Being able to determine the underlying business value of each requirement is the first step towards addressing the stability vs. agility dilemma. Weighing the business-facing value and the customer-facing value is essential to deciding whether to proceed with a request right away, delay it until it proves to be a common need, or even completely ignore it in favor of your business goals.

Conclusion

Scaling agile up to the enterprise level has consequences that we need to understand and deal with. Reuse by means of software platforms is one of the enterprise concerns that call for adapting some agile methods and practices to support the needs of the business strategy and goals. The five main challenges we face include: finding a hybrid team structure that supports component development as well as feature development, avoiding silo thinking and team federalism, revisiting the definition of business value to encompass aspects that do not necessarily face the customer directly, building a more collective and collaborative model for code and product ownership, and finally finding a balance between agility and stability based on the proper understanding of the business value of the requirements.

About the Author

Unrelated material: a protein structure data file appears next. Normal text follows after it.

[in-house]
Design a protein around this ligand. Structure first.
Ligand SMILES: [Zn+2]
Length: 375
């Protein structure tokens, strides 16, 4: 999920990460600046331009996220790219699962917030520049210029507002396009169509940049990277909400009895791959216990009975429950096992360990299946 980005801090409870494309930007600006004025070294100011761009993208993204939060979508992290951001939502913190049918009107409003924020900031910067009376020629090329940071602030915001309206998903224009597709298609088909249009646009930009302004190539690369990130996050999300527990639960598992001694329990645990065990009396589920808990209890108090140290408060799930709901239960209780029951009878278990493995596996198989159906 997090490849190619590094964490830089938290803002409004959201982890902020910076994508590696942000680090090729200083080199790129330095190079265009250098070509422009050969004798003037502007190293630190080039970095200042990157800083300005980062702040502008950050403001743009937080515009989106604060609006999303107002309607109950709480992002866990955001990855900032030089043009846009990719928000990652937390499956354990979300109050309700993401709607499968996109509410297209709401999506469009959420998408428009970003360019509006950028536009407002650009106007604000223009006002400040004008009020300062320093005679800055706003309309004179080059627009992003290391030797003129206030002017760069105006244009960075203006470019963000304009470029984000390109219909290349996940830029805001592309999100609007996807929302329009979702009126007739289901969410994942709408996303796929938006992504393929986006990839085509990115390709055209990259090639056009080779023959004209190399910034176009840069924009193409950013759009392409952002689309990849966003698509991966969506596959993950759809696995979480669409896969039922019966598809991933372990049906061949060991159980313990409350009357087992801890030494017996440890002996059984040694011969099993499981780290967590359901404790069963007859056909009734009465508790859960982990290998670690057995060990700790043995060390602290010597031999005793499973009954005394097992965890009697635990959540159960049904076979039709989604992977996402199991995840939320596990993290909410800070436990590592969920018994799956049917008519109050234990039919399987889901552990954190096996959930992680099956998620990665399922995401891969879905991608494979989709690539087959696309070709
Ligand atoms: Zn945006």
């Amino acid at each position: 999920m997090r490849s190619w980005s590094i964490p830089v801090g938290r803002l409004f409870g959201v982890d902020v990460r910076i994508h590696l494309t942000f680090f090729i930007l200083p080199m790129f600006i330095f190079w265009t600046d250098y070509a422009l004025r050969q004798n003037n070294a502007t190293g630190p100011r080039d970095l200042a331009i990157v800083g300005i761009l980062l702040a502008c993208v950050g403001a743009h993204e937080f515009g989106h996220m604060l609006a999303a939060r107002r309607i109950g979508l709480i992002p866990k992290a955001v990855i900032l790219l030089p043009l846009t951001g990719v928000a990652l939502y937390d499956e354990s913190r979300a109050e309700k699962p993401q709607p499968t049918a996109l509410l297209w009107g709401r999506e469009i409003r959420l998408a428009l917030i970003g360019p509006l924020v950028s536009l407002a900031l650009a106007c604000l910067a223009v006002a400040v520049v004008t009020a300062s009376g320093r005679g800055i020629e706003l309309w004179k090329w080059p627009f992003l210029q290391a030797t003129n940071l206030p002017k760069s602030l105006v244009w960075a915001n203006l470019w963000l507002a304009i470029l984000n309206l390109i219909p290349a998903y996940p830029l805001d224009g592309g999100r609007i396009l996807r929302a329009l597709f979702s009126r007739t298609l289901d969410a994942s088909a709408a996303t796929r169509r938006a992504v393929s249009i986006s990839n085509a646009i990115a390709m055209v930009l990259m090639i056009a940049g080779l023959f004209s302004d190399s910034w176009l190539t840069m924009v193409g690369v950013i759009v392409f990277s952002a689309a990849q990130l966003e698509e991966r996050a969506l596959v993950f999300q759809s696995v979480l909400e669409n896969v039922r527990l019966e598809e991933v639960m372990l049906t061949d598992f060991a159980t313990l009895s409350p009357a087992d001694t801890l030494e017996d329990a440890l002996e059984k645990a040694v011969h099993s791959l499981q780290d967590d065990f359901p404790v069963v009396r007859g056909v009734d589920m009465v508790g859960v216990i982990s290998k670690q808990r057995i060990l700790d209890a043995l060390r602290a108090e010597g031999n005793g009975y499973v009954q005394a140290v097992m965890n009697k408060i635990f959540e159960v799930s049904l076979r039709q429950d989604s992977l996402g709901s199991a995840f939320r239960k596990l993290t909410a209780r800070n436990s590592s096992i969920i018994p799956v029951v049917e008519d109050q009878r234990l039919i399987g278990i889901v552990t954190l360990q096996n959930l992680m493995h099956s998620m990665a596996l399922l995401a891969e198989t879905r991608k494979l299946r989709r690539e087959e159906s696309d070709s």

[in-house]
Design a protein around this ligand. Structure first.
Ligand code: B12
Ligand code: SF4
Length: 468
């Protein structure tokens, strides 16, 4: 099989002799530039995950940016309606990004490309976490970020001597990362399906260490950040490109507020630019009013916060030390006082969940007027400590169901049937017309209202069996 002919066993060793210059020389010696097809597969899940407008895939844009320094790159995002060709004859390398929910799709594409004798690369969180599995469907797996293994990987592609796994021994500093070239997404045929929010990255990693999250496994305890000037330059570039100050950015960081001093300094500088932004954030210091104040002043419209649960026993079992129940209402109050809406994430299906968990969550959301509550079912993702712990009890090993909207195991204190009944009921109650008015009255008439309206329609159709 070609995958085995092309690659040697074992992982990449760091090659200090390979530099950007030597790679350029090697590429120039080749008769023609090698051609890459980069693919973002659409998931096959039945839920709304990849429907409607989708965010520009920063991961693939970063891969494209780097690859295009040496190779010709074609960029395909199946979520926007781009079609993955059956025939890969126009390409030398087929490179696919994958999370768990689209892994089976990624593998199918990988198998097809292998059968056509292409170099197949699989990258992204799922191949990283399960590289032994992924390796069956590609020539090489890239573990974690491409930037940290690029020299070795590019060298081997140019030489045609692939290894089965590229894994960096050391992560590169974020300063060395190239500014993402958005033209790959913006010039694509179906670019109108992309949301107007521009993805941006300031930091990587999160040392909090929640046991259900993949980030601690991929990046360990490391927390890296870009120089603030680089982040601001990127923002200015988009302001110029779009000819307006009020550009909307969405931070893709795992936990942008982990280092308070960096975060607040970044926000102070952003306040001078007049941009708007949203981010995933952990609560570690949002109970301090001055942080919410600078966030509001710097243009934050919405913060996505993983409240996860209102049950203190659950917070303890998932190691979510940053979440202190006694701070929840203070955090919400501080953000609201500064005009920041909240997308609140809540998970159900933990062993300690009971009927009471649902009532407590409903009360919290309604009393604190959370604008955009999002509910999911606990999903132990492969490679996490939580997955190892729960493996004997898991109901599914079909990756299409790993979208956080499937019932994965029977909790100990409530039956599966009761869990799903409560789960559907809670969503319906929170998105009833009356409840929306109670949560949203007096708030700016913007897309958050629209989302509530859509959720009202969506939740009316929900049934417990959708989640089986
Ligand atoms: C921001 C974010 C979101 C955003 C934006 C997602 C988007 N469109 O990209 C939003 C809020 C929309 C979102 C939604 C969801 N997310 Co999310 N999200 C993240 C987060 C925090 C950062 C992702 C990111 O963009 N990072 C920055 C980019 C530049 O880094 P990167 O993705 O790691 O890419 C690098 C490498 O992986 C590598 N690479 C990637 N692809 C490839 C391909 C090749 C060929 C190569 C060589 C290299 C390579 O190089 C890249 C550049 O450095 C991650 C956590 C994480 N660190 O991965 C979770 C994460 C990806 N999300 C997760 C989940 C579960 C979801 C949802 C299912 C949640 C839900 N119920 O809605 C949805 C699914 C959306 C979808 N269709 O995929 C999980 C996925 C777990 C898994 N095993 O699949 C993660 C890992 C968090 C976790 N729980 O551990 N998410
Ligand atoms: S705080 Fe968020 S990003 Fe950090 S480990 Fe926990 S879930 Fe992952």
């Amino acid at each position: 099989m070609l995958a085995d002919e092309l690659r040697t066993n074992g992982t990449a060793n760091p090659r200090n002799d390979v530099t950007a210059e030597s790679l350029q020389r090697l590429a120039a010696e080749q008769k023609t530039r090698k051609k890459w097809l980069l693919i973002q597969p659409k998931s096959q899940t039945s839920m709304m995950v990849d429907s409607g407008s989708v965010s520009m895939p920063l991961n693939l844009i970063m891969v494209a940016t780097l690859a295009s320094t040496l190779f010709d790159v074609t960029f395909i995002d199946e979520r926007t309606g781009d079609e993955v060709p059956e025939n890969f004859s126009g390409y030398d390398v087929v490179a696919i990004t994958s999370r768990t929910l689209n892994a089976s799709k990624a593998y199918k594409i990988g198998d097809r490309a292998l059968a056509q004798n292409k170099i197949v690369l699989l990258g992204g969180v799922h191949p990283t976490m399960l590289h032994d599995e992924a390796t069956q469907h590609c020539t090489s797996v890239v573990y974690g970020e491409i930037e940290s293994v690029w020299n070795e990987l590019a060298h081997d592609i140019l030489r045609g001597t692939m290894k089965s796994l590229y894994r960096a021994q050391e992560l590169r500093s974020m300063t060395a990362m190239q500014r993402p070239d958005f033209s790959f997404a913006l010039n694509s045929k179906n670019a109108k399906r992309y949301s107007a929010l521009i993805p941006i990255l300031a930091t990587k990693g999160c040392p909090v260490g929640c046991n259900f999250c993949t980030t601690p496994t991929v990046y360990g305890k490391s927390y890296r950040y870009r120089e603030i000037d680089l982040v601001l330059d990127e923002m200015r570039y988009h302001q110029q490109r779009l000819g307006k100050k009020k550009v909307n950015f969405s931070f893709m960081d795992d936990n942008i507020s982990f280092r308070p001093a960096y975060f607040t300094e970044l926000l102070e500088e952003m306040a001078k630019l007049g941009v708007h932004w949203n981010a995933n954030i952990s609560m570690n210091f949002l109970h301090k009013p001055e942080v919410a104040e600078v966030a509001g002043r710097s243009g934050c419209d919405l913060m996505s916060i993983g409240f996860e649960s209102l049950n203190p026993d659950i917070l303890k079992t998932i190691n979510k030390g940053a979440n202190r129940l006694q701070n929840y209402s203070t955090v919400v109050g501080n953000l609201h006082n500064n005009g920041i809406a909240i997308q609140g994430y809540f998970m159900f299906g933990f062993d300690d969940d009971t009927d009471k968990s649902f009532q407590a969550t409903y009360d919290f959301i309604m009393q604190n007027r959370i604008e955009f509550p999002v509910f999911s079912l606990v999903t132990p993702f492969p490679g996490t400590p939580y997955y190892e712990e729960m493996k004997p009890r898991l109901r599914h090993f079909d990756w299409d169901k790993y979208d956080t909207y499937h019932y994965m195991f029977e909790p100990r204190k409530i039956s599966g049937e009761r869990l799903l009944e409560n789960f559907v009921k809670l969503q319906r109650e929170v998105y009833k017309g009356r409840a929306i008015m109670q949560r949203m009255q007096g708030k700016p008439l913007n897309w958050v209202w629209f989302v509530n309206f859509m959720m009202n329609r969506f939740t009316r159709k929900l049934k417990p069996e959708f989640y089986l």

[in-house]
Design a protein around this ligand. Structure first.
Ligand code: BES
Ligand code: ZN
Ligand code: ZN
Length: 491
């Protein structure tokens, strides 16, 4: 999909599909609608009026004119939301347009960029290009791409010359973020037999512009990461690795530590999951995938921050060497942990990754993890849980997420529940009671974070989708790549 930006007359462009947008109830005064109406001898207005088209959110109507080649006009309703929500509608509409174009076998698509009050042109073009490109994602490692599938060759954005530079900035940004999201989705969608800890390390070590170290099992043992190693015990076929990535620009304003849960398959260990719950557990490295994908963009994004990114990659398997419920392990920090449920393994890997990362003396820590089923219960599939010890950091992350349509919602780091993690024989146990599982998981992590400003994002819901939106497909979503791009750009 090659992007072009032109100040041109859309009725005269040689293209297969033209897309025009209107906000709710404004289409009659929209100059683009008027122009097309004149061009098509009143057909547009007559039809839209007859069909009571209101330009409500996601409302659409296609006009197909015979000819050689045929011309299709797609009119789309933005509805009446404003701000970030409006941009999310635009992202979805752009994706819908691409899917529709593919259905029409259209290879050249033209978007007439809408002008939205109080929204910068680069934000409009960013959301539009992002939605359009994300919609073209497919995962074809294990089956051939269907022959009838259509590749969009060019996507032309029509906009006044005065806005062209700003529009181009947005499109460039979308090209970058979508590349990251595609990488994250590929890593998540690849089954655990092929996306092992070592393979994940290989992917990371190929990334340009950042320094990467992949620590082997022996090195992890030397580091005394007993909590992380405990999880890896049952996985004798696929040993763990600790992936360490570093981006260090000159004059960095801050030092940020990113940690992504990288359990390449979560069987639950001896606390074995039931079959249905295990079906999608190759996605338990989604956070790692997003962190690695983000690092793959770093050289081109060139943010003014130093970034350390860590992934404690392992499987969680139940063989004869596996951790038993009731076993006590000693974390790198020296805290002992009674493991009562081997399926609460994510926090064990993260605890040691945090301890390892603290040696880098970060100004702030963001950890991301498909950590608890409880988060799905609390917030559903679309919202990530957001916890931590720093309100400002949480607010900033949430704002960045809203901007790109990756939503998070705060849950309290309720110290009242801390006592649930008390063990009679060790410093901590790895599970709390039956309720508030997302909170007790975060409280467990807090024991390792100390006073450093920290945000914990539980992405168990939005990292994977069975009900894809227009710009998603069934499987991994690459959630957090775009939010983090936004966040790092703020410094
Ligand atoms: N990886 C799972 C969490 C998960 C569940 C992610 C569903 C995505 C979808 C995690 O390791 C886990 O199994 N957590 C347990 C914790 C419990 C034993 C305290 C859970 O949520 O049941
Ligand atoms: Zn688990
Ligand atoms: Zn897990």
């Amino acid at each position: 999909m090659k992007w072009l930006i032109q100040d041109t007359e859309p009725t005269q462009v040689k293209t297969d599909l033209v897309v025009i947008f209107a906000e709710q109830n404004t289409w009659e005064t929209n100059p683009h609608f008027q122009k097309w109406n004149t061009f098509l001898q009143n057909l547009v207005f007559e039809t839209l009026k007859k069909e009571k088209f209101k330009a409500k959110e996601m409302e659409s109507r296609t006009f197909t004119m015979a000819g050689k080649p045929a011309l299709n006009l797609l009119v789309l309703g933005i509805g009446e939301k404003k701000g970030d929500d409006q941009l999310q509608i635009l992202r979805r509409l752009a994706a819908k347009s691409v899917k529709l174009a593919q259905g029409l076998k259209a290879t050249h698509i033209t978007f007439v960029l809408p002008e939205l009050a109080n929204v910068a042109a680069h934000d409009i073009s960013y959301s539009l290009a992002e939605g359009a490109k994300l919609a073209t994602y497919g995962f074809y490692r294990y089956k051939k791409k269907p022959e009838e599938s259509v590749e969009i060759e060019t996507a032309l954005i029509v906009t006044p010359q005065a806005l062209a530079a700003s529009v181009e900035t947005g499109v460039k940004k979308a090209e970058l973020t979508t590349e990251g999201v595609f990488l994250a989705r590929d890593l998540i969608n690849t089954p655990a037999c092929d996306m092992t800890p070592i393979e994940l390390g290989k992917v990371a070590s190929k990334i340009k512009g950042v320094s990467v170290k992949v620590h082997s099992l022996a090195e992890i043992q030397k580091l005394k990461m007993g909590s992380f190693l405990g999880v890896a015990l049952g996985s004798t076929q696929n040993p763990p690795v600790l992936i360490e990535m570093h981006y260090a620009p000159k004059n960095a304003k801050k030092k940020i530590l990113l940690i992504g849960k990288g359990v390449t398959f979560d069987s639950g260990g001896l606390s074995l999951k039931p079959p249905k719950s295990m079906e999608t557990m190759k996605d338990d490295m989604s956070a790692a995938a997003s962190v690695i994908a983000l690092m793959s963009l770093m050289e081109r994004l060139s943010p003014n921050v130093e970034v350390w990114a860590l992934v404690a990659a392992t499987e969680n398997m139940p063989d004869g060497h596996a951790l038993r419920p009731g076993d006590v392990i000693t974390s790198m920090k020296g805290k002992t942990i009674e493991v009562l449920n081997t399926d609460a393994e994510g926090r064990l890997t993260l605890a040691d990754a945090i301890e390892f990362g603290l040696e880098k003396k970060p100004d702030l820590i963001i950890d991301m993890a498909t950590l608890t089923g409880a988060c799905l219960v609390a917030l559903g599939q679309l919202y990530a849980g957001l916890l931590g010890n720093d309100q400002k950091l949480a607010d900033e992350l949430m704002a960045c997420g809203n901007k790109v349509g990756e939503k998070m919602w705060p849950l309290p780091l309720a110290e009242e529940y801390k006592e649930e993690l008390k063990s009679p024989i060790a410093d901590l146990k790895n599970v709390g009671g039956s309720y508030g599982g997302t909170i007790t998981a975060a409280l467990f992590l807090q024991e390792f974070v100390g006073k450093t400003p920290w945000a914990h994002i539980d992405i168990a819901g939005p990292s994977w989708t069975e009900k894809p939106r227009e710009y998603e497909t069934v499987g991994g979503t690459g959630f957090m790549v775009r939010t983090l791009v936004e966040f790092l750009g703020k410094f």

Yaser Ghanam is finishing his PhD at the Department of Computer Science, University of Calgary. He also works as a sessional instructor teaching software engineering to undergraduate students. Yaser obtained his bachelor in Computer Engineering and a minor in Engineering Management from the American University of Sharjah, UAE. He has two concentration areas in Psychology and Applied Mathematics. Yaser has been granted a prestigious award for his doctoral studies, and received the 2009 NSERC Research Achievement Award. Yaser has been nominated for the Student Union Teaching Excellence Award in Winter 2010. In his PhD, Yaser is investigating how software reuse and customization can be achieved using agile methods. During the summer of 2010, Yaser was a visiting scientist at the University of Helsinki in Finland where he conducted field studies in leading IT and telecommunication companies. Yaser has published in a number of venues such as the Software Product Line Conference, the XP conference and the Agile conference. Yaser is also the guest co-editor for the upcoming special issue of the “Software: Practice and Experience” journal.